Not only a person's entire life, but also every individual service to G-d has various stages or "journeys." In particular, the conclusion of a specific service acts as the "gatherer of all the camps" - to make sure that nothing is missing from that service. Pesach, it was noted earlier, is associated with the concept of redemption, and our service on Pesach is correspondingly directed towards hastening the arrival of the final redemption. But even if service on Pesach was deficient, if opportunities were missed, not all is lost: the last day of Pesach acts as "gatherer of all the camps" for the entire festival. Just as the tribe of Dan restored lost articles to their owners, so the last day of Pesach provides a Jew with the opportunity to rectify omissions in the service of Pesach, and thereby regain what is rightfully his.

Because Pesach is associated with the redemption through Moshiach and the last day of Pesach is the finish to and completion of Pesach, the last day of Pesach accordingly emphasizes the coming of Moshiach.

The notion of "gatherer of all the camps" applies not only to each individual Jew's life and service, but also to Jewry in general. The forty-two journeys between leaving Egypt and entering Eretz Yisroel took place in the desert, the "wilderness of the nations," which is an allusion to the period of exile when Jews sojourn amongst the nations of the earth. The forty-two journeys in the desert served as the means wherewith Jews left the limitations of Egypt.  Thus all the journeys undertaken until the Jews actually entered Eretz Yisroel may be viewed as part of the exodus from Egypt. So too with the journeys in the exile: until Jews merit the final redemption, they are still journeying to reach Eretz Yisroel.  In every generation, Jews are somewhere in the middle of one of those forty-two journeys.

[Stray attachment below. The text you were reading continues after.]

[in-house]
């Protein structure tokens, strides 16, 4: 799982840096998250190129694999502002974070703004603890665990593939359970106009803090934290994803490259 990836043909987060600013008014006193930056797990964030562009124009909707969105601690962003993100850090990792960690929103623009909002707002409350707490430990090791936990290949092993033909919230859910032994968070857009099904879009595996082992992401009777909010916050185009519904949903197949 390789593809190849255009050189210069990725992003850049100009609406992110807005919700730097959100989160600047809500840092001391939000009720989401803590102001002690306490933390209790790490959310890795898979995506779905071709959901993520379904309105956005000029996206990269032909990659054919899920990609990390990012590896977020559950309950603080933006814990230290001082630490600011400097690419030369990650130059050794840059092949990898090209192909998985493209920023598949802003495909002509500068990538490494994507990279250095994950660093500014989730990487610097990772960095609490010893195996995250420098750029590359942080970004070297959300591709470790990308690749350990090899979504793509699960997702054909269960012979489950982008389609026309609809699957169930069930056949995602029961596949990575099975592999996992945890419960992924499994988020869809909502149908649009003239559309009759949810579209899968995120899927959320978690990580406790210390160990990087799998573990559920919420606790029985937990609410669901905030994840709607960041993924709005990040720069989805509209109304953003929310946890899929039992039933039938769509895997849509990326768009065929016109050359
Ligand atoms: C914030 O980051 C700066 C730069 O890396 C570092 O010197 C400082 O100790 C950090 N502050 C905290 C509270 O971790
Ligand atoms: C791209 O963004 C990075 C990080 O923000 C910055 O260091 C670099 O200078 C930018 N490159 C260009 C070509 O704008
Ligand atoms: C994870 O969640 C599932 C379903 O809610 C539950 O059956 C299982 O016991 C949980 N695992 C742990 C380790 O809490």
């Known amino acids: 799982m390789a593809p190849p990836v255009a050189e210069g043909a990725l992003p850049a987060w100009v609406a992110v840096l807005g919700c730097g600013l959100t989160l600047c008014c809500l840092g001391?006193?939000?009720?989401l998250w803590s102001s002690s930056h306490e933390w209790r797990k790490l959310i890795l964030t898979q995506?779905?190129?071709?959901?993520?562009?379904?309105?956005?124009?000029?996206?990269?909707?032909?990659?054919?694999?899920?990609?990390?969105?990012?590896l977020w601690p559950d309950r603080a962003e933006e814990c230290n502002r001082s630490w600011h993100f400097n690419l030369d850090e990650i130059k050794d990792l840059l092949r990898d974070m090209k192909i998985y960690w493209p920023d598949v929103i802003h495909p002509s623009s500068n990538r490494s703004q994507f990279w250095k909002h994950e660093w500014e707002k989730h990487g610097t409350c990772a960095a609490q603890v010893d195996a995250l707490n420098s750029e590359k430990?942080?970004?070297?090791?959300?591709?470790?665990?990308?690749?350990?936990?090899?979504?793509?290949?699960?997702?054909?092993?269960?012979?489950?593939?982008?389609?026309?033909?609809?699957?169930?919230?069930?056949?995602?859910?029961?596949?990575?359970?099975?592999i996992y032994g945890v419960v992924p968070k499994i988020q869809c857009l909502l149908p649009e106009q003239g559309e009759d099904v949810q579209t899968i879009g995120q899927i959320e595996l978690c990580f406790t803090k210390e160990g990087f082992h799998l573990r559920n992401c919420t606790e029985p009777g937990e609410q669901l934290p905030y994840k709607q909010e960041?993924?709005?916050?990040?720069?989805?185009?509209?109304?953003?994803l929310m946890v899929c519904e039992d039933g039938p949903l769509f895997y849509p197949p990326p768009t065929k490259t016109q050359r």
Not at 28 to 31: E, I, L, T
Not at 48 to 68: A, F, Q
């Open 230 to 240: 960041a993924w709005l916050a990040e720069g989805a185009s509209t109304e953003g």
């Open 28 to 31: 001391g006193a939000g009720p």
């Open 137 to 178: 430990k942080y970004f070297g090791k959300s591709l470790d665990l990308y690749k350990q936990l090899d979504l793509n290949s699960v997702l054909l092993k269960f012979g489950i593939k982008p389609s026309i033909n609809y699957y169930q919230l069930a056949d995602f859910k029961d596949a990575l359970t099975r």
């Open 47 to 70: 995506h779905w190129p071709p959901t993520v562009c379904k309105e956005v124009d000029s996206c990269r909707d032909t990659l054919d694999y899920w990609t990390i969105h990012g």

As in the journeys in the desert, there is a "gatherer of all the camps" in the generations-long journey of Jews to the Messianic Era. Our present generation is that of "the footsteps of Moshiach," the last generation of exile. It is the "gatherer of all the camps" of all generations of Jews.

That this generation of exile is the "gatherer of all the camps" of all generations is not just because it is the last. Exile is not just punishment for sin.

The mission of Jews is to elevate and refine this corporeal world, to reveal G-dliness and to transform the physical into a dwelling place for G-d. Dispersed throughout the world in exile, Jews have been given the opportunity and the means to carry out this mission in all parts of the world.

This has been the Jews' task throughout their history. "Gatherer of all the camps" in this context means that if any portion of that task is missing, it now can be rectified. Thus the era of "gatherer of all the camps" is the era when the world will have been fully refined and G-dliness revealed: the Era of Moshiach.

It is for this reason that it is our generation which is that of "the footsteps of Moshiach" and "gatherer of all the camps." For the service of Jews throughout the generations has been all but completed, and only the finishing touches - "gatherer of all the camps" - is needed. We stand ready and prepared to greet Moshiach.

Moshiach, of course, could have come in previous generations. The Talmud, for example, relates that at the destruction of the Beis HaMikdash, a cow lowed twice. The first time meant that the Beis HaMikdash was destroyed; the second time meant that Moshiach was born. In other words, the potential Moshiach was born immediately after the destruction and had the Jews merited it then, he would have been the actual Moshiach.